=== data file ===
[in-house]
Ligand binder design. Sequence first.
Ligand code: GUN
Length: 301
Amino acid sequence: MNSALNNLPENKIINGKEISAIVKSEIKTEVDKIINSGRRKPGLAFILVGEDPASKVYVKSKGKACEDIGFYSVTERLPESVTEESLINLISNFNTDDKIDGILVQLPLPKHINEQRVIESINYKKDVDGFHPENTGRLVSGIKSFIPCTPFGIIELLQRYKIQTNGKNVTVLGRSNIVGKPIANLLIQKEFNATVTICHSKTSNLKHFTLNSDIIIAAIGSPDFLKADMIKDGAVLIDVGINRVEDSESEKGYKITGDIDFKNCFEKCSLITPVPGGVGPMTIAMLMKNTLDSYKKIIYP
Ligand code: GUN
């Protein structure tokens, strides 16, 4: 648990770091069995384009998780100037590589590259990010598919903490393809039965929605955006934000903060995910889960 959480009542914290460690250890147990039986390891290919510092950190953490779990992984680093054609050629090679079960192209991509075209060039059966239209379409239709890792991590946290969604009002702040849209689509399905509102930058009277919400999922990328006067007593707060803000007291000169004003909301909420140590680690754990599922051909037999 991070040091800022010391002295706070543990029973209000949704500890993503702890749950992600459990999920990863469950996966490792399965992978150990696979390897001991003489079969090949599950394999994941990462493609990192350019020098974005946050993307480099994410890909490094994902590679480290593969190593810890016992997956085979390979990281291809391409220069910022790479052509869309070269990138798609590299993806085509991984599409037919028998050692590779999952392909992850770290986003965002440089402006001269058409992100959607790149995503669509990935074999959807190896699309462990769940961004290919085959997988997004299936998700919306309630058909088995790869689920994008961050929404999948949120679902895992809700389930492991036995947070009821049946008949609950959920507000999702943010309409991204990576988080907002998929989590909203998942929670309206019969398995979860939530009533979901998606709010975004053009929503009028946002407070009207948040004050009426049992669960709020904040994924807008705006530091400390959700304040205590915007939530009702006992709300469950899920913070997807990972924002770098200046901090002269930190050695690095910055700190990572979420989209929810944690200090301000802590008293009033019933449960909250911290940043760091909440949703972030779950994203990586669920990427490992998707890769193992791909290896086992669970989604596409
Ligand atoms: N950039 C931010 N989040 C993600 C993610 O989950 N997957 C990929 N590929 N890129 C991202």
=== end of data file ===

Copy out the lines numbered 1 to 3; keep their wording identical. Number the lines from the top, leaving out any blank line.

[in-house]
Ligand binder design. Sequence first.
Ligand code: GUN